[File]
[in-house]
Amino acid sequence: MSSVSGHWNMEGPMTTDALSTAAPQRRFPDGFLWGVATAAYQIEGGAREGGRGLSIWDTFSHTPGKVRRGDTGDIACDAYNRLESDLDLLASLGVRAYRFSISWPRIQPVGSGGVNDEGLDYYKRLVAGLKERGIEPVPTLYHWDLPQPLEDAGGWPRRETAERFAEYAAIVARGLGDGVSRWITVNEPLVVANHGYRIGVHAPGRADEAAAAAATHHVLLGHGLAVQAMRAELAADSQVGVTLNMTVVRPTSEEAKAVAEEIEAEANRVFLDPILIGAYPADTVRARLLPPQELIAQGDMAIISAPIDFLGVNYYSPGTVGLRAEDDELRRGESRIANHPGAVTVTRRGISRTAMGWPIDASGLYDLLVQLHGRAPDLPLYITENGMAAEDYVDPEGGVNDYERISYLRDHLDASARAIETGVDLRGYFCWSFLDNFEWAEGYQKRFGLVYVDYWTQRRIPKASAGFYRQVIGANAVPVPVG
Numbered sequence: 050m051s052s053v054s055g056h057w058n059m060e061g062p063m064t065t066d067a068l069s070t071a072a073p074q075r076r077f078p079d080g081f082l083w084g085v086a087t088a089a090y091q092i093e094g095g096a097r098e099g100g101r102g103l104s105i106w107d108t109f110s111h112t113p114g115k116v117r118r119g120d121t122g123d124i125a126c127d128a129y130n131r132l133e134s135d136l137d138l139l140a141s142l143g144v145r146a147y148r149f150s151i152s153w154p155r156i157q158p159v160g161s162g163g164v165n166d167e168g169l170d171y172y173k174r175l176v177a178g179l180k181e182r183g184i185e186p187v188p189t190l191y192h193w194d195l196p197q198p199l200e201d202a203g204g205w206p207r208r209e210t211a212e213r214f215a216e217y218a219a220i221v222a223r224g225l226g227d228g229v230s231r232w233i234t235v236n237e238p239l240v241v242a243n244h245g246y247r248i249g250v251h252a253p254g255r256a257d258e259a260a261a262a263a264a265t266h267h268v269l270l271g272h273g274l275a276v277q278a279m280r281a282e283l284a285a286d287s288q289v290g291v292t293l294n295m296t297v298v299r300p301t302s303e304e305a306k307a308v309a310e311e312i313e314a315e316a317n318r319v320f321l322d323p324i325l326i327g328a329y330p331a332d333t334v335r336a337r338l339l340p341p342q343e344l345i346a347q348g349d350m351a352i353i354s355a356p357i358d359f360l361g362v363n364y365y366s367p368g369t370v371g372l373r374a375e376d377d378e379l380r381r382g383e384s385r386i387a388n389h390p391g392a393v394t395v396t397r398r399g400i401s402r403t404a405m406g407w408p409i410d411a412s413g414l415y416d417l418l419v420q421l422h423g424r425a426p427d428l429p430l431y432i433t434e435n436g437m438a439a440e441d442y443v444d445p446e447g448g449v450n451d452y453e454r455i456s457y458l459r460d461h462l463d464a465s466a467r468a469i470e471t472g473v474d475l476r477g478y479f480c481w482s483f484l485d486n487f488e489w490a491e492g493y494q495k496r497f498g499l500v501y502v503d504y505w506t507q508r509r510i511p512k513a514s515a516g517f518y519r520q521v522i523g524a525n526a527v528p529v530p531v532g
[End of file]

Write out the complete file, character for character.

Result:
[in-house]
Amino acid sequence: MSSVSGHWNMEGPMTTDALSTAAPQRRFPDGFLWGVATAAYQIEGGAREGGRGLSIWDTFSHTPGKVRRGDTGDIACDAYNRLESDLDLLASLGVRAYRFSISWPRIQPVGSGGVNDEGLDYYKRLVAGLKERGIEPVPTLYHWDLPQPLEDAGGWPRRETAERFAEYAAIVARGLGDGVSRWITVNEPLVVANHGYRIGVHAPGRADEAAAAAATHHVLLGHGLAVQAMRAELAADSQVGVTLNMTVVRPTSEEAKAVAEEIEAEANRVFLDPILIGAYPADTVRARLLPPQELIAQGDMAIISAPIDFLGVNYYSPGTVGLRAEDDELRRGESRIANHPGAVTVTRRGISRTAMGWPIDASGLYDLLVQLHGRAPDLPLYITENGMAAEDYVDPEGGVNDYERISYLRDHLDASARAIETGVDLRGYFCWSFLDNFEWAEGYQKRFGLVYVDYWTQRRIPKASAGFYRQVIGANAVPVPVG
Numbered sequence: 050m051s052s053v054s055g056h057w058n059m060e061g062p063m064t065t066d067a068l069s070t071a072a073p074q075r076r077f078p079d080g081f082l083w084g085v086a087t088a089a090y091q092i093e094g095g096a097r098e099g100g101r102g103l104s105i106w107d108t109f110s111h112t113p114g115k116v117r118r119g120d121t122g123d124i125a126c127d128a129y130n131r132l133e134s135d136l137d138l139l140a141s142l143g144v145r146a147y148r149f150s151i152s153w154p155r156i157q158p159v160g161s162g163g164v165n166d167e168g169l170d171y172y173k174r175l176v177a178g179l180k181e182r183g184i185e186p187v188p189t190l191y192h193w194d195l196p197q198p199l200e201d202a203g204g205w206p207r208r209e210t211a212e213r214f215a216e217y218a219a220i221v222a223r224g225l226g227d228g229v230s231r232w233i234t235v236n237e238p239l240v241v242a243n244h245g246y247r248i249g250v251h252a253p254g255r256a257d258e259a260a261a262a263a264a265t266h267h268v269l270l271g272h273g274l275a276v277q278a279m280r281a282e283l284a285a286d287s288q289v290g291v292t293l294n295m296t297v298v299r300p301t302s303e304e305a306k307a308v309a310e311e312i313e314a315e316a317n318r319v320f321l322d323p324i325l326i327g328a329y330p331a332d333t334v335r336a337r338l339l340p341p342q343e344l345i346a347q348g349d350m351a352i353i354s355a356p357i358d359f360l361g362v363n364y365y366s367p368g369t370v371g372l373r374a375e376d377d378e379l380r381r382g383e384s385r386i387a388n389h390p391g392a393v394t395v396t397r398r399g400i401s402r403t404a405m406g407w408p409i410d411a412s413g414l415y416d417l418l419v420q421l422h423g424r425a426p427d428l429p430l431y432i433t434e435n436g437m438a439a440e441d442y443v444d445p446e447g448g449v450n451d452y453e454r455i456s457y458l459r460d461h462l463d464a465s466a467r468a469i470e471t472g473v474d475l476r477g478y479f480c481w482s483f484l485d486n487f488e489w490a491e492g493y494q495k496r497f498g499l500v501y502v503d504y505w506t507q508r509r510i511p512k513a514s515a516g517f518y519r520q521v522i523g524a525n526a527v528p529v530p531v532g